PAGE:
In last weeks Acoustic Treatment Google Hangout I was asked what acoustic treatment for drums I would recommend. Well drums are high energy-producing devices, I mean the bass drum. I saw a bass drum the other day it was 24 inches across. So this is a very high energy-producing device. Lots of pressure generated at low frequency, so you really have to manage the room correctly here.
Good drum sounds, I just think back to Bonham’s drum sound with Led Zeppelin, they always got great, big drum sounds to matches a big 24 inch bass drum and thick sticks.
So drums and the recording of an album are a balance between the room and the drums because there’s really no amount of treatment that you can put in the room which will minimize the room sound completely when it comes to drums. They’re just such a high pressure producing source so we have to compromise and live with balance when it comes to drums.
Microphone positioning and treatment are critical for drums
Now that said, you can get some great drum sounds out of rooms and microphone positioning and room treatment in the room is critical. You have a sound producing device that can go as low as forty cycles. So your room treatment has to reflect that forty cycle energy through its dimensions, through its room treatment, through its volume, all of these issues have to be addressed.
It’s a balancing act with drums, it’s always a balancing act between the amount of energy that the drum is producing and the amount of energy the room can handle and if the engineer is unhappy that there’s too much room well then you know, those issues have to be addressed.
Activated Carbon Drum Platform
We’re actually building a platform with our carbon technology for a drum situation in a studio and it’s about ten foot by ten foot and the drummer’s actually going to sit on that platform which is designed with our ACDA 10 technology in the platform.
The studio owner is smart. He realizes that to manage the energy produced by the sound producing source and energy-producing source, the drums, you need to have the pressure-reactive technology that manages that energy as close to the source as possible. So it was his idea. He said “well let’s just build a platform and set the drums on the platform”.
So this is going to be really interesting as we’re going to get a lot of control right at the source and that has to be good for the room and it has to be pretty good for the microphones too. Less pressure at the microphone position is going to produce a different sound.
It’s a really small room so the room sound is just going to completely take over without treatment, so we want to minimize the pressure in the room and we put the platform right underneath the drums and we have the option, with both side walls, to do the same thing. We’re going to just take it one step at a time and start with the platform.
We’ll do a video on that for you drummers out there, because this is very cool stuff. When you play the drums, you will be able to hear yourself much better because the pressure will be reduced right where you are sitting so you’re going to be able to hear a lot more of your drums. Irregardless of the room size, if this works out the way we think it’s going to then it’s going to be great. Fun stuff, new ideas, new technology and better sound that’s what we’re trying to get.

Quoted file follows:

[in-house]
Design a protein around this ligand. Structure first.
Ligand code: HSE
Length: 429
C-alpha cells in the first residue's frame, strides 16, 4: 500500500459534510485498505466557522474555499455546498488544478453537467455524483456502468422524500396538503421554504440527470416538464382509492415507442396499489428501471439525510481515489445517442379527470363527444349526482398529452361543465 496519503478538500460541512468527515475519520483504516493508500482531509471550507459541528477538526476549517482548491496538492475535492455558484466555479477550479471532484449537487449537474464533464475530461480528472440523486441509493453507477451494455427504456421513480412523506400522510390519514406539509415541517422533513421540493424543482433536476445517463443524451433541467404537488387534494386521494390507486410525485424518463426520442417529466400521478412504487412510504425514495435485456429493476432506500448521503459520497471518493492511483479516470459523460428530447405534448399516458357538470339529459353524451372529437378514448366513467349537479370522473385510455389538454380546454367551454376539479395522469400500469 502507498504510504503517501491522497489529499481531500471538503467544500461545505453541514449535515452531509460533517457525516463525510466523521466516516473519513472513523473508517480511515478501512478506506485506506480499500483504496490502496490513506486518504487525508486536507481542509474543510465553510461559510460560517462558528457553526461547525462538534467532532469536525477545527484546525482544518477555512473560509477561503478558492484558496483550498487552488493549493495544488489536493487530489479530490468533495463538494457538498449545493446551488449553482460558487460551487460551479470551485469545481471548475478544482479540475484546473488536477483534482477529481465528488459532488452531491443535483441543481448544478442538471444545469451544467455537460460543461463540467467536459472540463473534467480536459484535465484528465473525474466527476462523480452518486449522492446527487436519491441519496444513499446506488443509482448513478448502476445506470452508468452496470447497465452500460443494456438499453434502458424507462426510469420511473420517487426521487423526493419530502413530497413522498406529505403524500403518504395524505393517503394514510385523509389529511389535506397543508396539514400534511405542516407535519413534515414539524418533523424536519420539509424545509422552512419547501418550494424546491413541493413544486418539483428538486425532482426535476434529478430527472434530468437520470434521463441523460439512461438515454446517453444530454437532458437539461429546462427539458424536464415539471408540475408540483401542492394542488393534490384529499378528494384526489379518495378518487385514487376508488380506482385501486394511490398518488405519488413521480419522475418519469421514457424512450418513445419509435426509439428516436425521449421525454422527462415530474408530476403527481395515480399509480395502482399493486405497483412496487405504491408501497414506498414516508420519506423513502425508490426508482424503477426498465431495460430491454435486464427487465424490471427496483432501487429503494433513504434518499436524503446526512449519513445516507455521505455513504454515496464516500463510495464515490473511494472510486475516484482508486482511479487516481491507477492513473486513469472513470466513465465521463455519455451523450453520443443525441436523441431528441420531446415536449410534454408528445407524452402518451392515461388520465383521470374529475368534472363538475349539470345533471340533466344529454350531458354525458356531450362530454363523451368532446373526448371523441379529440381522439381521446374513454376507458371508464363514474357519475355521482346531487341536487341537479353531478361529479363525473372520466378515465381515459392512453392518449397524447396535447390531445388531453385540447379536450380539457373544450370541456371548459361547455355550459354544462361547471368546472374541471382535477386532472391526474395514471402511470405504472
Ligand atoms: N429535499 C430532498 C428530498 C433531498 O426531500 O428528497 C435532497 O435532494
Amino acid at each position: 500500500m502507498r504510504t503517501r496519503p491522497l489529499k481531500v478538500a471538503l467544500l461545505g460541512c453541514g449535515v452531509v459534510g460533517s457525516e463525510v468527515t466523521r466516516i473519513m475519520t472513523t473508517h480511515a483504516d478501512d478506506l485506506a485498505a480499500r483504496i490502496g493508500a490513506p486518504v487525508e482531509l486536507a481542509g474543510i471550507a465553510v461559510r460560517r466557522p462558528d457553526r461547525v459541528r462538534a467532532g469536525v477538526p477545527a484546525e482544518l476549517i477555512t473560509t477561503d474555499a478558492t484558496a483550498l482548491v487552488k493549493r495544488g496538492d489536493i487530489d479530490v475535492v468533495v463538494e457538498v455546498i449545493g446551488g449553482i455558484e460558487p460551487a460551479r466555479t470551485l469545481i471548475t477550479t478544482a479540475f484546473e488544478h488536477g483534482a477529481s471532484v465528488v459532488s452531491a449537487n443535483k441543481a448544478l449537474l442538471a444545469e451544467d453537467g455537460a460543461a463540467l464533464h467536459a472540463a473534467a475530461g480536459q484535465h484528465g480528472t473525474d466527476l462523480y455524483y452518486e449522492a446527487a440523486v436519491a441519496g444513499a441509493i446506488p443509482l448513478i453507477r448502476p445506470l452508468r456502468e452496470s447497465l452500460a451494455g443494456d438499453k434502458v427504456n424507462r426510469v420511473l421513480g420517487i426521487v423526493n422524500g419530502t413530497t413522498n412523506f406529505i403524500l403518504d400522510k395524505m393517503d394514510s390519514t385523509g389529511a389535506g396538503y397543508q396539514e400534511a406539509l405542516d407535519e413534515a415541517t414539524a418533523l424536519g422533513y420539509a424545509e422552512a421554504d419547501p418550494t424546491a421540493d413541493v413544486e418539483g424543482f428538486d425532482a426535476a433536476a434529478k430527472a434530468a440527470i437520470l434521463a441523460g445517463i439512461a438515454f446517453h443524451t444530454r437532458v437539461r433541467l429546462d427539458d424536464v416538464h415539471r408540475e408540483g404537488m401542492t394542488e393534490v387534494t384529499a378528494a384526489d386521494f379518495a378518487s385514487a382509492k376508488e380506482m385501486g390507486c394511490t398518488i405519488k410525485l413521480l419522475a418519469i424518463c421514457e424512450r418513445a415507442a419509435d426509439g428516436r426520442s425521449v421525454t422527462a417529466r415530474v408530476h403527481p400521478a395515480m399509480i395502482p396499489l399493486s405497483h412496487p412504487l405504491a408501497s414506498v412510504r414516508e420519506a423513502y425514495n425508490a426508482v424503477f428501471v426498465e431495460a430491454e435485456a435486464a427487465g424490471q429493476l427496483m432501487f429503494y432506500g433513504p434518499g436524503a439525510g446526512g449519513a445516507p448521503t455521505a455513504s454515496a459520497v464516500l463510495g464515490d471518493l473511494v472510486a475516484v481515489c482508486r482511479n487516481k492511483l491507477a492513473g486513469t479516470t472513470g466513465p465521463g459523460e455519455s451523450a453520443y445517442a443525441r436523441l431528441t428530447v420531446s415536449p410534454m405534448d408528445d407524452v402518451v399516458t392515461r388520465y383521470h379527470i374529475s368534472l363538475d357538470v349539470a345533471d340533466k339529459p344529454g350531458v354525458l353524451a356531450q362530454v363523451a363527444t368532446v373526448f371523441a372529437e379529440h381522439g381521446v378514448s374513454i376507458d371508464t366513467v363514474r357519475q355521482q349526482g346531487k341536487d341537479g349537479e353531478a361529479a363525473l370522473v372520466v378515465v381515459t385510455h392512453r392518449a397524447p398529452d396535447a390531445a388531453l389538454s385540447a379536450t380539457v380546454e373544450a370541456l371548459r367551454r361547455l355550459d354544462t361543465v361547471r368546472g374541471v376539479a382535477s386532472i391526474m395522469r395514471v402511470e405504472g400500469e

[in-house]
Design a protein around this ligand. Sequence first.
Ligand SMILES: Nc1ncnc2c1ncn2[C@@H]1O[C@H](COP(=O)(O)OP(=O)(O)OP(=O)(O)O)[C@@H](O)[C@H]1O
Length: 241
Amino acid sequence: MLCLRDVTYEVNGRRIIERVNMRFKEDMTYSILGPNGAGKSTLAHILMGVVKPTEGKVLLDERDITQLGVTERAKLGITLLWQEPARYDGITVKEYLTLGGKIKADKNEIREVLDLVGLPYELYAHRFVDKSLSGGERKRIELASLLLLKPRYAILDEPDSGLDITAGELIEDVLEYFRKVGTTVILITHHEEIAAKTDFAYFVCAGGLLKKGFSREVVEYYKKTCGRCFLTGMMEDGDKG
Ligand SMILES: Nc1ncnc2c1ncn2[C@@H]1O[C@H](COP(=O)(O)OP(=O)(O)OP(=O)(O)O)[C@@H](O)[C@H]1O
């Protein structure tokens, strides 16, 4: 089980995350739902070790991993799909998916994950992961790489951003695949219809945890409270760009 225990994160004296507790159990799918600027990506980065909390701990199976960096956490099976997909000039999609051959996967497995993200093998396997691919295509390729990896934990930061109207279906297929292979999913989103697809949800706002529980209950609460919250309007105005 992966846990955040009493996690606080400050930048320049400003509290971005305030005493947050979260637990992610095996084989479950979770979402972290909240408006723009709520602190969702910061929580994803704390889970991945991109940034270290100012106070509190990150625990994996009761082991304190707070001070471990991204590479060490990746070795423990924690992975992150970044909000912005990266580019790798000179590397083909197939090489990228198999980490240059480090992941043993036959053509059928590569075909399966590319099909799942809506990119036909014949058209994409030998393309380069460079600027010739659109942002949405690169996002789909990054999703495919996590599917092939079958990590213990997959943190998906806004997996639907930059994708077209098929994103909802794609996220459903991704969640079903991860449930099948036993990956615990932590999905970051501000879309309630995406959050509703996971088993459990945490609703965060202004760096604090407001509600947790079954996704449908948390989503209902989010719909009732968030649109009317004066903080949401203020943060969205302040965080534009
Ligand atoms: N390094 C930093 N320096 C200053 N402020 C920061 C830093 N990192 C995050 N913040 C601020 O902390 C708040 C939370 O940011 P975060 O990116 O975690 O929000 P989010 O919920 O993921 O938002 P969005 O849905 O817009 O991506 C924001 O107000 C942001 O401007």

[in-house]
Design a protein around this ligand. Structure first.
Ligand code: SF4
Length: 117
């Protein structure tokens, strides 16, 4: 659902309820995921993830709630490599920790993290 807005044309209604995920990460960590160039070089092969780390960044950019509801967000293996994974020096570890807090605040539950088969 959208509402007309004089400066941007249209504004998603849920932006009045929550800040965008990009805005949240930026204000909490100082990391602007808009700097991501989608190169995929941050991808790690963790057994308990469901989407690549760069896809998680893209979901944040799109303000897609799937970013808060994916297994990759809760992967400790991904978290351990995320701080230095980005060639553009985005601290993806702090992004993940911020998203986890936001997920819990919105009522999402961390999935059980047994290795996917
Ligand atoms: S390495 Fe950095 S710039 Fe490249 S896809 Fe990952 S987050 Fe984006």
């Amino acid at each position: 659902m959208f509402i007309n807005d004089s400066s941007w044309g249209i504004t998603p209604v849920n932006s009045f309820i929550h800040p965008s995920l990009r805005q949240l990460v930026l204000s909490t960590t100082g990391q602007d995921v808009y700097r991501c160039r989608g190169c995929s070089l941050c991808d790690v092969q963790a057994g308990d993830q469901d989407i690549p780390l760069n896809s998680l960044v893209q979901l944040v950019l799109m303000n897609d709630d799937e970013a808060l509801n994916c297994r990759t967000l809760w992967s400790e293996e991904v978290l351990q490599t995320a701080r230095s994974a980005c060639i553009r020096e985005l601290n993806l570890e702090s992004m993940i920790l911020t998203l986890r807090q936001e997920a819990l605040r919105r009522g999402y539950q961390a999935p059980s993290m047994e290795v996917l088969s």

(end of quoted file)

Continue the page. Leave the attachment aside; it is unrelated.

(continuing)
The Drummer is the engine of the band
The drummer is very important to the band. He is the engine, he’s the one that kind of controls the speed of the band, the rate level of the music. He can act like a runaway train and keep getting more excited, increase the speed of the train and then everybody will crash eventually or he can stay systematic, in time and control everybody else, the guitar player, the bass player, he can set the stage for them.
So his ability to hear more of what he’s doing, to me as an acoustical engineer, is just common sense. The more he hears, the better he plays and the better he plays the better the band sounds. So I think these three things all work together. I’m excited about this project. I think it may evolve into a design that we use as an acoustic treatment for drums and drum rooms so it’s going to be an interesting experiment.
Same application for rehearsal rooms, small venues and drum stages?
Any place where the drums are producing more pressure that the room can handle needs acoustic treatmet. I mean have you ever gone into a room that the drummer is in and said “Oh I can’t hear the room, all I hear is the drums”. No, I can’t think of any room I’ve ever been in, from small venues to large concert halls. You’re always hearing the rooms.
I think this design of attacking the pressure and dealing with the pressure close to the source, using the appropriate technology, this pressure-reactive technology will work. You can’t use foam and boxes filled with building insulation, i.e. bass traps, that’s not going to cut it for drums or any real low frequency energy. I know this is what companies tell you out there but it’s not true.
You have to match the technology with the physics of the problem. You can’t make the technology fit the physics, the physics has got to fit the technology.
I hope this discussion on possible acoustic treatment for drums was helpful. Please leave any comments below so I can get back to you. Don’t be afraid to hit those Facebook like, Google+ and Twitter buttons on the left hand side so other people can see this post. And if you want to learn more about this subject please sign up for our free room acoustic treatment videos and ebook which provide step by step instructions. Get instant access by signing up now.